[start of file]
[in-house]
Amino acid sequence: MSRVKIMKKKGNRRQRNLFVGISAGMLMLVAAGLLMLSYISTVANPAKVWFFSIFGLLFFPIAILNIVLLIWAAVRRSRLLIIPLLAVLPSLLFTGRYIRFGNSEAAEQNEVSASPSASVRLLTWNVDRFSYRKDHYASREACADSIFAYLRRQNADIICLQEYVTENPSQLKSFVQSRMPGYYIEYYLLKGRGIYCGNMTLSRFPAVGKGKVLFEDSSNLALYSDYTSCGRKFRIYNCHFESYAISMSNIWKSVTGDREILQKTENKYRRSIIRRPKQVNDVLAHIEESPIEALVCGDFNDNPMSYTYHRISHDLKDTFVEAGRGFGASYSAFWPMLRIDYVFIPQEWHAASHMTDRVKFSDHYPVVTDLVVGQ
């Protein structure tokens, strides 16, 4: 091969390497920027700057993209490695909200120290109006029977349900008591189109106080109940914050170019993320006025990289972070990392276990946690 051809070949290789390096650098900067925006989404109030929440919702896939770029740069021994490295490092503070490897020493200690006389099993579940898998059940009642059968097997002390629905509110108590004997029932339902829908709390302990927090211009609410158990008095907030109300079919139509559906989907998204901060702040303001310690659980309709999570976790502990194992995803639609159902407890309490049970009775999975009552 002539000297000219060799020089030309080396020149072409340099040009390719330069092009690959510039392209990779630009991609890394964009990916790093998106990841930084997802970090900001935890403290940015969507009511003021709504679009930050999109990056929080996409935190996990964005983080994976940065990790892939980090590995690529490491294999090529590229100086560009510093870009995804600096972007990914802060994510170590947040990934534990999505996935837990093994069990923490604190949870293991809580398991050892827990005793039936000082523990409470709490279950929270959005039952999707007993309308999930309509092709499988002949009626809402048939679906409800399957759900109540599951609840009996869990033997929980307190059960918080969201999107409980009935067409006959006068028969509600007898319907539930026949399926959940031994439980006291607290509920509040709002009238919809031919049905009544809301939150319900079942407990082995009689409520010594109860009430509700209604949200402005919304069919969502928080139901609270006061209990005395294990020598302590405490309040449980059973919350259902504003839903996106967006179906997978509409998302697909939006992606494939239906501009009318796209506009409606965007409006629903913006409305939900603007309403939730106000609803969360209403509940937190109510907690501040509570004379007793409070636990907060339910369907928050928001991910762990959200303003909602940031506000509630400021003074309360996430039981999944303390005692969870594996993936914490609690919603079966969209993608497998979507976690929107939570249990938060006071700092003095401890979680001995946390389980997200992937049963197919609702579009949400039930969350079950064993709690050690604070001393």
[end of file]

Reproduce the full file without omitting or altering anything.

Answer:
[in-house]
Amino acid sequence: MSRVKIMKKKGNRRQRNLFVGISAGMLMLVAAGLLMLSYISTVANPAKVWFFSIFGLLFFPIAILNIVLLIWAAVRRSRLLIIPLLAVLPSLLFTGRYIRFGNSEAAEQNEVSASPSASVRLLTWNVDRFSYRKDHYASREACADSIFAYLRRQNADIICLQEYVTENPSQLKSFVQSRMPGYYIEYYLLKGRGIYCGNMTLSRFPAVGKGKVLFEDSSNLALYSDYTSCGRKFRIYNCHFESYAISMSNIWKSVTGDREILQKTENKYRRSIIRRPKQVNDVLAHIEESPIEALVCGDFNDNPMSYTYHRISHDLKDTFVEAGRGFGASYSAFWPMLRIDYVFIPQEWHAASHMTDRVKFSDHYPVVTDLVVGQ
């Protein structure tokens, strides 16, 4: 091969390497920027700057993209490695909200120290109006029977349900008591189109106080109940914050170019993320006025990289972070990392276990946690 051809070949290789390096650098900067925006989404109030929440919702896939770029740069021994490295490092503070490897020493200690006389099993579940898998059940009642059968097997002390629905509110108590004997029932339902829908709390302990927090211009609410158990008095907030109300079919139509559906989907998204901060702040303001310690659980309709999570976790502990194992995803639609159902407890309490049970009775999975009552 002539000297000219060799020089030309080396020149072409340099040009390719330069092009690959510039392209990779630009991609890394964009990916790093998106990841930084997802970090900001935890403290940015969507009511003021709504679009930050999109990056929080996409935190996990964005983080994976940065990790892939980090590995690529490491294999090529590229100086560009510093870009995804600096972007990914802060994510170590947040990934534990999505996935837990093994069990923490604190949870293991809580398991050892827990005793039936000082523990409470709490279950929270959005039952999707007993309308999930309509092709499988002949009626809402048939679906409800399957759900109540599951609840009996869990033997929980307190059960918080969201999107409980009935067409006959006068028969509600007898319907539930026949399926959940031994439980006291607290509920509040709002009238919809031919049905009544809301939150319900079942407990082995009689409520010594109860009430509700209604949200402005919304069919969502928080139901609270006061209990005395294990020598302590405490309040449980059973919350259902504003839903996106967006179906997978509409998302697909939006992606494939239906501009009318796209506009409606965007409006629903913006409305939900603007309403939730106000609803969360209403509940937190109510907690501040509570004379007793409070636990907060339910369907928050928001991910762990959200303003909602940031506000509630400021003074309360996430039981999944303390005692969870594996993936914490609690919603079966969209993608497998979507976690929107939570249990938060006071700092003095401890979680001995946390389980997200992937049963197919609702579009949400039930969350079950064993709690050690604070001393």